Oncologists at the FDA have warned that higher doses of targeted drugs and biologic therapies for solid and haematological cancers are not necessarily more effective than lower doses.
Writing in a Perspective article in the NEJM, they said it was not unusual for doses and schedules of oncology drugs to be inadequately characterised before sponsors initiate registration trials.
They gave several examples of drugs where doses or schedules were modified for safety or tolerability after approval.
For example, there was a 40% reduction in the dose of ceritinib across the ASCEND program of trials for non-small-cell lung cancer – from 750 mg to 450 mg in order to lower GI side effects.
Similarly the 45mg dose of ponatinib in the PACE trial for CML and ALL was reduced to 15 mg (once ≤1% BCR-ABL is achieved) in the OPTIC trial in order to reduce vascular occlusive events.
“The default decision to select the highest dose that has been evaluated reflects both the desire to make oncology drugs rapidly available to patients who have limited options and the belief that higher drug doses will have better therapeutic activity,” they said.
However targeted drugs were different from cytotoxic drugs.
“With targeted drugs, increasing doses beyond a certain level may not enhance antitumor activity, dose-limiting toxic effects may not be observed at clinically active doses, and serious toxic effects may occur only after multiple cycles of experimental treatment.”
“And yet, the “more is better” paradigm is still used for dose selection for new oncology drugs, despite the recognition that alternative approaches to dose optimisation are needed for these targeted therapies.”
They said initial trials of both pembrolizumab and nivolumab included an examination of wide dose ranges.
“Dose- and exposure-response data from these trials and modelling led sponsors to select doses lower than the highest dose studied, while preserving efficacy.”
“Early assessment of dose- and exposure-response data related to safety and efficacy could guide dose selection based on drug exposure for specific populations, including patients with organ dysfunction and those taking additional medications.”
They noted that enrolling more patients from racial and ethnic minority groups and elderly patients in early trials could also provide additional data on dosing and safety.
“Sponsors should carefully evaluate exposure-response, efficacy, and safety data from early trials to inform dose selection, rather than automatically selecting the maximum tolerated dose.”
“The answer to the dose-selection conundrum may sometimes be that less is more,” they concluded.
Professor John Simes, Senior Associate Director of the NHMRC Clinical Trials Centre at the University of Sydney, told the limbic that clinicians did have to be aware that for some of these therapies, the recommended dose may not necessarily be the optimal dose.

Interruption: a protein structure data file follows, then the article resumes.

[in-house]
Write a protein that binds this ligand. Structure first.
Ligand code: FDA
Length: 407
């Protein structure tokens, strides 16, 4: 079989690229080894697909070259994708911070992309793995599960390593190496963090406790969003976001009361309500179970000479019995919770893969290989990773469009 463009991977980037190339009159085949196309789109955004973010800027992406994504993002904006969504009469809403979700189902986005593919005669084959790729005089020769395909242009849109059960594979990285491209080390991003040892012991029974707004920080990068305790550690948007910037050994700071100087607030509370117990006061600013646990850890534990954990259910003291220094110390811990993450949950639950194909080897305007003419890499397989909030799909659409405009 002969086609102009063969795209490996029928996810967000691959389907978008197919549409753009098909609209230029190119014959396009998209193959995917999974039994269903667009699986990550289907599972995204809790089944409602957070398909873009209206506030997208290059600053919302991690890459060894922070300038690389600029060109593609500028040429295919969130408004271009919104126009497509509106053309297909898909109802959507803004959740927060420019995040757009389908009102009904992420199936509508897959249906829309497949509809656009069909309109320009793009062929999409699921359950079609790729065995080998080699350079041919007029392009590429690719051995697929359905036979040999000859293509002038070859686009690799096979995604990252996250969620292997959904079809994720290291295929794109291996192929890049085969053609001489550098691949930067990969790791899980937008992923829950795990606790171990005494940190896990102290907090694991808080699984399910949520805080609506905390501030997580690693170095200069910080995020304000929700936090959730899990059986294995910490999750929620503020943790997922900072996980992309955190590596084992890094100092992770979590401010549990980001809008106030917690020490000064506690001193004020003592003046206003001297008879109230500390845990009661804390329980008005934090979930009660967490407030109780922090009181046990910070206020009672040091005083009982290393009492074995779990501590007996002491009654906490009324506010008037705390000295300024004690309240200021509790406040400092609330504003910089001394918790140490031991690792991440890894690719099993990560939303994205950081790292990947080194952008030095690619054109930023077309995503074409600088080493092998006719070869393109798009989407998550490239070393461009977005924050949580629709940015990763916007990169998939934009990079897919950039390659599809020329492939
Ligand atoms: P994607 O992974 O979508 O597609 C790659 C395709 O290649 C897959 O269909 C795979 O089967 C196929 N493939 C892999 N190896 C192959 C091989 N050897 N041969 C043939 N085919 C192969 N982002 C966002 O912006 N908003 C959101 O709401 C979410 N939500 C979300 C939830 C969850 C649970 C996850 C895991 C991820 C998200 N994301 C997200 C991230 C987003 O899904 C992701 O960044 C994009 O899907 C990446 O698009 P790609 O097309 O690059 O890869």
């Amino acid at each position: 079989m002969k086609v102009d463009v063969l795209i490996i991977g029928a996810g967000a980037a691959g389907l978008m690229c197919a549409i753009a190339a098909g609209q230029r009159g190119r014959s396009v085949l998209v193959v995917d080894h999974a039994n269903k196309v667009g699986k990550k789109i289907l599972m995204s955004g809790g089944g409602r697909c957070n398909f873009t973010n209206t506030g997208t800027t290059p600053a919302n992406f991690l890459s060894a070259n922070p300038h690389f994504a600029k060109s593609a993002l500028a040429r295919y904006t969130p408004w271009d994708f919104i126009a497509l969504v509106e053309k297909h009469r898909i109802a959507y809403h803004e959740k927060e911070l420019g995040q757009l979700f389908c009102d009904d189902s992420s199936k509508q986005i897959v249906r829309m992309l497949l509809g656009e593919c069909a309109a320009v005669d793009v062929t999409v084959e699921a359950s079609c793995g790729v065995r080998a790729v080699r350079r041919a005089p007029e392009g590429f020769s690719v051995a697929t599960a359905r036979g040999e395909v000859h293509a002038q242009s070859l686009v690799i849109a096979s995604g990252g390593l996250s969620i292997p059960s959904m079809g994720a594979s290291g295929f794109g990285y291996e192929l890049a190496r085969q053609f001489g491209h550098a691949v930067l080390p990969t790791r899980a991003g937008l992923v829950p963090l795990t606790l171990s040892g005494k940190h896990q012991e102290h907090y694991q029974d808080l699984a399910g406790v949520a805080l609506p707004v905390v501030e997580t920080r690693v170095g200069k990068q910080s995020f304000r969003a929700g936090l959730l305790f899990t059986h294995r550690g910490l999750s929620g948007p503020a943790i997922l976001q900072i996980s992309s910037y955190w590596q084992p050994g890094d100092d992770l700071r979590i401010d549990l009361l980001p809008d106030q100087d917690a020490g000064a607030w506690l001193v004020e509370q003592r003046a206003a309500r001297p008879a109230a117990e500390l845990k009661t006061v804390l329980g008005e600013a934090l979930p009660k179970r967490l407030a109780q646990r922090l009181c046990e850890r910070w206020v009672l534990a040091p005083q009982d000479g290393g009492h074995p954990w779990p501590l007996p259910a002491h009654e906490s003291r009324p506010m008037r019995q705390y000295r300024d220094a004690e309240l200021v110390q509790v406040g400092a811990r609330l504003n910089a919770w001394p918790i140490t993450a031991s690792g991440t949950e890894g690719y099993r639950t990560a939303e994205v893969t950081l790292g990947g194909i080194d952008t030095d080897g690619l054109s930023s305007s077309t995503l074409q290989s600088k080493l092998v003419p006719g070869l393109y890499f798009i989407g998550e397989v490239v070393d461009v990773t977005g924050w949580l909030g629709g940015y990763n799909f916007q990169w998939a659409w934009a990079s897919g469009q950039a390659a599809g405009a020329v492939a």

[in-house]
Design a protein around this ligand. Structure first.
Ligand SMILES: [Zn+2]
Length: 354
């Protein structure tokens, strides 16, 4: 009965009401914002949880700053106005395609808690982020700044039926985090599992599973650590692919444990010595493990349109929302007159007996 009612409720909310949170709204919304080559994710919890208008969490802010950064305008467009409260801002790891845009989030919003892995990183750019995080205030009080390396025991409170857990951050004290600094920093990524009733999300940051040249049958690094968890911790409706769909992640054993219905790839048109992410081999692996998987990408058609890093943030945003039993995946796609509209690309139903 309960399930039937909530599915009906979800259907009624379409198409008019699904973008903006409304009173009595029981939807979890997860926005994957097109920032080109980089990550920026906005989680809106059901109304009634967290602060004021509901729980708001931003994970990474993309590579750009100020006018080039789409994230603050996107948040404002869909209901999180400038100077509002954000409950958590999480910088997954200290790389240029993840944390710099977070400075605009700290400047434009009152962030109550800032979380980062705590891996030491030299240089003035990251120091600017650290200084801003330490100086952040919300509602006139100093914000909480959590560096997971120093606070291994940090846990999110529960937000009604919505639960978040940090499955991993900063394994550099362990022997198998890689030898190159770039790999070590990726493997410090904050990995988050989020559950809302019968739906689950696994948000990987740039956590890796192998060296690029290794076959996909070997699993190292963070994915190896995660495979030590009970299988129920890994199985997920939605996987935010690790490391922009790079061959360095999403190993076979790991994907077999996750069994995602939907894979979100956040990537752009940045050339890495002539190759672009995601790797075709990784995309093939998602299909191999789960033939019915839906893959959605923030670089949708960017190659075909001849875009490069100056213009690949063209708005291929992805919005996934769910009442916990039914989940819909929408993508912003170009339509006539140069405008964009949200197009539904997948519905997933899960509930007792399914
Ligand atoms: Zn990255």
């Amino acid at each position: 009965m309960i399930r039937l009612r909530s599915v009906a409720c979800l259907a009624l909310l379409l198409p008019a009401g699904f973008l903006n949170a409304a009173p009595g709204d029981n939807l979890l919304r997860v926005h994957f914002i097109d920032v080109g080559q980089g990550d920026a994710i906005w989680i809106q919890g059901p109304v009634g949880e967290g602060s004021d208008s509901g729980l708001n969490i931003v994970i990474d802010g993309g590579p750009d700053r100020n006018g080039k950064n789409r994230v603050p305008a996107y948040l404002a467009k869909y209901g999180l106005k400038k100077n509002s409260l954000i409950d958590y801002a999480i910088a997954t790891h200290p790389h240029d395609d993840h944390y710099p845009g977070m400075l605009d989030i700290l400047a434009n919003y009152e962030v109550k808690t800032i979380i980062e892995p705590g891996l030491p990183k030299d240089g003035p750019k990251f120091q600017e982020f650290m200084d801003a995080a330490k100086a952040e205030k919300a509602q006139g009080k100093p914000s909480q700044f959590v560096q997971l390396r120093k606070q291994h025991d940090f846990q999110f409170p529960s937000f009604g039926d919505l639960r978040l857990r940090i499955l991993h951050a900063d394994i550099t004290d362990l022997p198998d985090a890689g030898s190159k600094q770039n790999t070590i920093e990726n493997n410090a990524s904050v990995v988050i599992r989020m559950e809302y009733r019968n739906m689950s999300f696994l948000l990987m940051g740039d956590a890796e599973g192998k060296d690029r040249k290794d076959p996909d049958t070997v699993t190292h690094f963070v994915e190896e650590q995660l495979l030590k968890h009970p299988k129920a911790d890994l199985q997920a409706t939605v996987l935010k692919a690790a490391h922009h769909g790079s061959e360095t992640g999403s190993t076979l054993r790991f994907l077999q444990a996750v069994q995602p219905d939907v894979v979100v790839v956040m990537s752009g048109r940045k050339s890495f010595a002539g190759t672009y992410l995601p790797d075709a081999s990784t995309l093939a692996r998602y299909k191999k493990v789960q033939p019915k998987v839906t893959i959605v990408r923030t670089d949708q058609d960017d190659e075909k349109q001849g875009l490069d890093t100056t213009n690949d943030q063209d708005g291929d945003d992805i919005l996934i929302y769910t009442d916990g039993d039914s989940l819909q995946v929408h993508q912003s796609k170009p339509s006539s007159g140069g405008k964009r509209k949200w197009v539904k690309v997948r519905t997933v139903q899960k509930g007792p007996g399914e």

He said it could be more of a challenge getting the right dose with some of the targeted therapies and immunotherapy due to their different mechanisms of action.
“Cytotoxic drugs often have a quick effect in terms of side effects and in terms of an early indication of activity. Toxicity might be within days in terms of nausea and vomiting or low blood counts. You often get an early indication of activity and an early indication of toxicity.”
“With targeted therapies you tend to get less side effects but some of the side effects may be delayed and immunotherapy likewise has less side effects and some of those may be delayed and also sometimes more idiosyncratic.”
He said triallists were often focused on showing proof of efficacy for any dose.
“If you have the luxury of doing very large studies and have lots of time, then doing a trial with a more moderate dose might be effective but if you did that as a screening approach to try to come up with a new therapy, and it turned out that treatment you tested was negative then you may have failed to identify a promising therapy.”
Professor Simes said that once a treatment has been shown to be effective at a certain dose, it was often hard to do a subsequent trial to vary that dose.
He said further studies may be worth doing but often the pharmaceutical companies wouldn’t be as interested in funding them.
“There might still be a societal benefit for doing the follow-up studies but there may not be a commercial benefit so in some ways that may be more of an onus on the government and the community to do those trials.”
He said as an example, being able to prove that 6 months versus 12 months of therapy produced the same benefit to a patient, could potentially save money for the government or the patient.
“But why would pharma pay for a study to show we only need 6 months of treatment?”
However, he said the costs to government of running a trial for some of these expensive therapies could be paid for by that extra 6 months of therapy saved.